Meanwhile, the ratio of Bitcoin's energy consumption to humans who have Bitcoin is extremely high.

Rather than investing in long-term energy infrastructure that benefits the grid, the cryptocurrency mining industry seeks the fastest energy that can serve its needs and looks for minimal regulation and oversight. 

In practice, that translates to mining cryptocurrency at coal and gas plants, straining the electric grid in Texas, and tapping into power grids that are often fossil-fuel heavy.

Most mining facilities draw their power from the grid – this means electricity is generated by whatever existing energy is in place in the region.


Defenders of crypto claim that mining is spurring new renewable development and stabilising the grid. But no grid anywhere in the US is 100 percent renewable yet.

Clean energy allocated to cryptocurrency mining doesn't do anything to decarbonise the grid, and there are few mining facilities that are building renewables to even power their own operations, let alone send to the grid.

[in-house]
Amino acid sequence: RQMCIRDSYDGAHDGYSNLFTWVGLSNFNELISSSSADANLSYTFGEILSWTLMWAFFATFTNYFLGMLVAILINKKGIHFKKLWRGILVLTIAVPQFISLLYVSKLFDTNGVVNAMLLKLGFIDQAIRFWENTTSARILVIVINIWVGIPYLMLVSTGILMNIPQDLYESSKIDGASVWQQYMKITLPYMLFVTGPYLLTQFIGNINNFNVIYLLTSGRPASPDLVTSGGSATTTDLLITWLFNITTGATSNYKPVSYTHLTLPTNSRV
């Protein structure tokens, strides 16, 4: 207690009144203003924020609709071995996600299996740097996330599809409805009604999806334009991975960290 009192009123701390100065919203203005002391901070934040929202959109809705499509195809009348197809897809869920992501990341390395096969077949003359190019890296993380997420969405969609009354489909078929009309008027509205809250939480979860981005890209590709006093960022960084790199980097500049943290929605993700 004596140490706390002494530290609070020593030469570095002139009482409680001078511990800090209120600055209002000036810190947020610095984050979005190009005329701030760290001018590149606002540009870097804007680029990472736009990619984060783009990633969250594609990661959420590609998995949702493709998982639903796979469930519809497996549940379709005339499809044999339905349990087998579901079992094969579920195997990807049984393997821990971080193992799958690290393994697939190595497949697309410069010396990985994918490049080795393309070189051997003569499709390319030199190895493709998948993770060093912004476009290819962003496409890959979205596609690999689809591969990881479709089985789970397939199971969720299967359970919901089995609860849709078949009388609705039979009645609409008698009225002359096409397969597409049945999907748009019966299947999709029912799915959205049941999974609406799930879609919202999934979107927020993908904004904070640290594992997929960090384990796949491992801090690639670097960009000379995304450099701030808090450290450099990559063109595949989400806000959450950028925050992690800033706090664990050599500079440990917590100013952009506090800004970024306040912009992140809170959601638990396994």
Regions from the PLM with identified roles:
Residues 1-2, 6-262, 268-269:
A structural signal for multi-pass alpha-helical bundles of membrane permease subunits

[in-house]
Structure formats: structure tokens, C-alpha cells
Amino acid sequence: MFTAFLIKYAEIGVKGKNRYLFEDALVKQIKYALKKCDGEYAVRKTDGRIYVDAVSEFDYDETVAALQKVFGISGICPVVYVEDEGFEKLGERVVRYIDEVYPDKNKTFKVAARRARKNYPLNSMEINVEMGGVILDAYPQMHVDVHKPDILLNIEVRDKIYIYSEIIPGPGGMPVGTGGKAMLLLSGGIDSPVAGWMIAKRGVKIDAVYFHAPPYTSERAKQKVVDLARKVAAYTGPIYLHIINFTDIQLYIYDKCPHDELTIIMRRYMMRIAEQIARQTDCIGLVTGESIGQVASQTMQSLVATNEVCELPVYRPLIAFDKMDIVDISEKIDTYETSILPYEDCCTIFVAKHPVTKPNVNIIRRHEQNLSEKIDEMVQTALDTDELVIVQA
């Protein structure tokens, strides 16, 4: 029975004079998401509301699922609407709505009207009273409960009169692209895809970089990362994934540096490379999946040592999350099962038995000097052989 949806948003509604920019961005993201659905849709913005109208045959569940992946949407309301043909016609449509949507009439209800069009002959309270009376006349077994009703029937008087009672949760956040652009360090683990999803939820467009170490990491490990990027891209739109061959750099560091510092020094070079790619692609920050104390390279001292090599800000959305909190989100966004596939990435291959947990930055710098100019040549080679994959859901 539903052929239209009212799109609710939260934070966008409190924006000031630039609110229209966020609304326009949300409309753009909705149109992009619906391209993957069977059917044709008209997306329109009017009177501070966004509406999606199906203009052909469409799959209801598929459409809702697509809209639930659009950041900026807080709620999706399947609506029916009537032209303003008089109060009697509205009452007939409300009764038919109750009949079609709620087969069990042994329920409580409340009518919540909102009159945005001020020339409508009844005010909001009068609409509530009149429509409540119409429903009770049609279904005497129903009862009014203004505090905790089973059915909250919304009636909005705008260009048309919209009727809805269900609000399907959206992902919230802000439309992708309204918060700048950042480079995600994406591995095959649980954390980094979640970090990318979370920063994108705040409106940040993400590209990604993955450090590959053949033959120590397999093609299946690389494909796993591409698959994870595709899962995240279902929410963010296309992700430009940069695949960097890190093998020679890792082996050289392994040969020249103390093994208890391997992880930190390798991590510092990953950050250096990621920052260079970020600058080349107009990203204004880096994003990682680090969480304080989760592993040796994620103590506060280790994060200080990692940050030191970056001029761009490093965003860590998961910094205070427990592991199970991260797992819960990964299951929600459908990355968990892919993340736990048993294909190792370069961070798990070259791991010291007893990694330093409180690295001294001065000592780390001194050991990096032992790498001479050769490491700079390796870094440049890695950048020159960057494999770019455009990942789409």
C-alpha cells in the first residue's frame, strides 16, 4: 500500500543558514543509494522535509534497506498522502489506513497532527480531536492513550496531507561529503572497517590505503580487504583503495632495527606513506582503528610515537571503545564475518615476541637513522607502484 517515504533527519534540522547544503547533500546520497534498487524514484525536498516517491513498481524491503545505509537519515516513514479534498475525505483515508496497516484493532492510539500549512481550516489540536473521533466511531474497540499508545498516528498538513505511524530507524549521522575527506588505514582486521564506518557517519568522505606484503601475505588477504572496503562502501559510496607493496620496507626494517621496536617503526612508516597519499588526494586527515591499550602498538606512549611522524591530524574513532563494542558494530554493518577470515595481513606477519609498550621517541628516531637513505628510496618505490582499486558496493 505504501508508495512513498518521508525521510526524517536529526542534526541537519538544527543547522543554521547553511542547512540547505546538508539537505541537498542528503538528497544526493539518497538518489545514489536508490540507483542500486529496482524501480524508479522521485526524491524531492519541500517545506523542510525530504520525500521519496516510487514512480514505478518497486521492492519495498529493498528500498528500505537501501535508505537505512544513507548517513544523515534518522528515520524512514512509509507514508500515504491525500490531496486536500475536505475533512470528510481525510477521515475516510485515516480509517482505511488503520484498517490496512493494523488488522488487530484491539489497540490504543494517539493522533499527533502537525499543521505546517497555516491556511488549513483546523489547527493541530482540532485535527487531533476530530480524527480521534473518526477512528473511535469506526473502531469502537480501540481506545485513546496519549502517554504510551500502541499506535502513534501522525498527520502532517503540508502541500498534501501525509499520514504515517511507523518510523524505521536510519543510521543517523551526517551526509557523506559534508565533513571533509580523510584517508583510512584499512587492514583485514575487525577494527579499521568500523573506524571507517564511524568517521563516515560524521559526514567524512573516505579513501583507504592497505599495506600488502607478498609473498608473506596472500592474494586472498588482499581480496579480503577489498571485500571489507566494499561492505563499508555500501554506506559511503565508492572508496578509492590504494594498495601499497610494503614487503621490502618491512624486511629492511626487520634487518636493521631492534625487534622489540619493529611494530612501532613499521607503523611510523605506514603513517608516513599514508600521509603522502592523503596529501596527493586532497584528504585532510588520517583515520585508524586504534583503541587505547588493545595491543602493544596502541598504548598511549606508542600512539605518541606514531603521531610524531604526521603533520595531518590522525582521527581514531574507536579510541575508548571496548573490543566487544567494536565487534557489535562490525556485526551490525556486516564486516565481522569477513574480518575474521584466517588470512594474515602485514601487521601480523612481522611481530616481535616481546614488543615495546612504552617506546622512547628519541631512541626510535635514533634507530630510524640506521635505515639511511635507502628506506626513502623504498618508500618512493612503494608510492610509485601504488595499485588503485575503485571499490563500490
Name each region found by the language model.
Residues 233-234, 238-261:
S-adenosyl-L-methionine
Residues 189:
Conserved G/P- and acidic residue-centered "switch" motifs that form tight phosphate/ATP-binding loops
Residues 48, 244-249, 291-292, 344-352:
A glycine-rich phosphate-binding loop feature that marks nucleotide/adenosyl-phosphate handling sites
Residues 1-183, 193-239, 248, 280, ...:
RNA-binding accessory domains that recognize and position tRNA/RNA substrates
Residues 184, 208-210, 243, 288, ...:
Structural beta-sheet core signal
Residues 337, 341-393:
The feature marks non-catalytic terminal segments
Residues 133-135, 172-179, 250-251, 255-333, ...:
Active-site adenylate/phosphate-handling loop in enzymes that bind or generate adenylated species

Cryptocurrency mining proponents claim that mining only uses "wasted" energy from solar or wind overproduction.

But mining operations consume energy 24 hours a day, not just when there is excess solar or wind — meaning mining operations would fail to be profitable using only the hours when wasted energy is available.

Red flags 

Cryptocurrency mining industry seeks the fastest energy that can serve its needs and looks for minimal regulation and oversight.

Per coin climate damages from Bitcoin were increasing, rather than decreasing as the industry grew, a Scientific Reports study called Economic Estimation of Bitcoin Mining's Climate Damages Demonstrates Closer Resemblance to Digital Crude than Digital Gold had found.